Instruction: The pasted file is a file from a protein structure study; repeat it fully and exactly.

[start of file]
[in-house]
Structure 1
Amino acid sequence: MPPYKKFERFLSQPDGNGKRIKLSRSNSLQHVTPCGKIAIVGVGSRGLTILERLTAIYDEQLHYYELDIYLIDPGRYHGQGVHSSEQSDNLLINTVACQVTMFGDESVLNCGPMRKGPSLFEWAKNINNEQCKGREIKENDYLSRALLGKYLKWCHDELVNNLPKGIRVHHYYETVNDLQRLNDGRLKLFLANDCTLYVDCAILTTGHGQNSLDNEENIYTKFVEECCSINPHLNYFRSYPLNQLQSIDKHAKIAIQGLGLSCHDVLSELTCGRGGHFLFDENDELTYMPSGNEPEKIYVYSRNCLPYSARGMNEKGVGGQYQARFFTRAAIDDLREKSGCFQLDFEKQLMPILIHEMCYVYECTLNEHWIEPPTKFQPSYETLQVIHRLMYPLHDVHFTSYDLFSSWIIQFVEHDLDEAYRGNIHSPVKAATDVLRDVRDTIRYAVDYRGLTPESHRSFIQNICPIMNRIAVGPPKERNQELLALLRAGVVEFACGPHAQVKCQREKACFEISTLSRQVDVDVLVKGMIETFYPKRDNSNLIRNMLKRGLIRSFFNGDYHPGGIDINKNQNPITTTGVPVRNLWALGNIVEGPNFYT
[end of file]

[in-house]
Structure 1
Amino acid sequence: MPPYKKFERFLSQPDGNGKRIKLSRSNSLQHVTPCGKIAIVGVGSRGLTILERLTAIYDEQLHYYELDIYLIDPGRYHGQGVHSSEQSDNLLINTVACQVTMFGDESVLNCGPMRKGPSLFEWAKNINNEQCKGREIKENDYLSRALLGKYLKWCHDELVNNLPKGIRVHHYYETVNDLQRLNDGRLKLFLANDCTLYVDCAILTTGHGQNSLDNEENIYTKFVEECCSINPHLNYFRSYPLNQLQSIDKHAKIAIQGLGLSCHDVLSELTCGRGGHFLFDENDELTYMPSGNEPEKIYVYSRNCLPYSARGMNEKGVGGQYQARFFTRAAIDDLREKSGCFQLDFEKQLMPILIHEMCYVYECTLNEHWIEPPTKFQPSYETLQVIHRLMYPLHDVHFTSYDLFSSWIIQFVEHDLDEAYRGNIHSPVKAATDVLRDVRDTIRYAVDYRGLTPESHRSFIQNICPIMNRIAVGPPKERNQELLALLRAGVVEFACGPHAQVKCQREKACFEISTLSRQVDVDVLVKGMIETFYPKRDNSNLIRNMLKRGLIRSFFNGDYHPGGIDINKNQNPITTTGVPVRNLWALGNIVEGPNFYT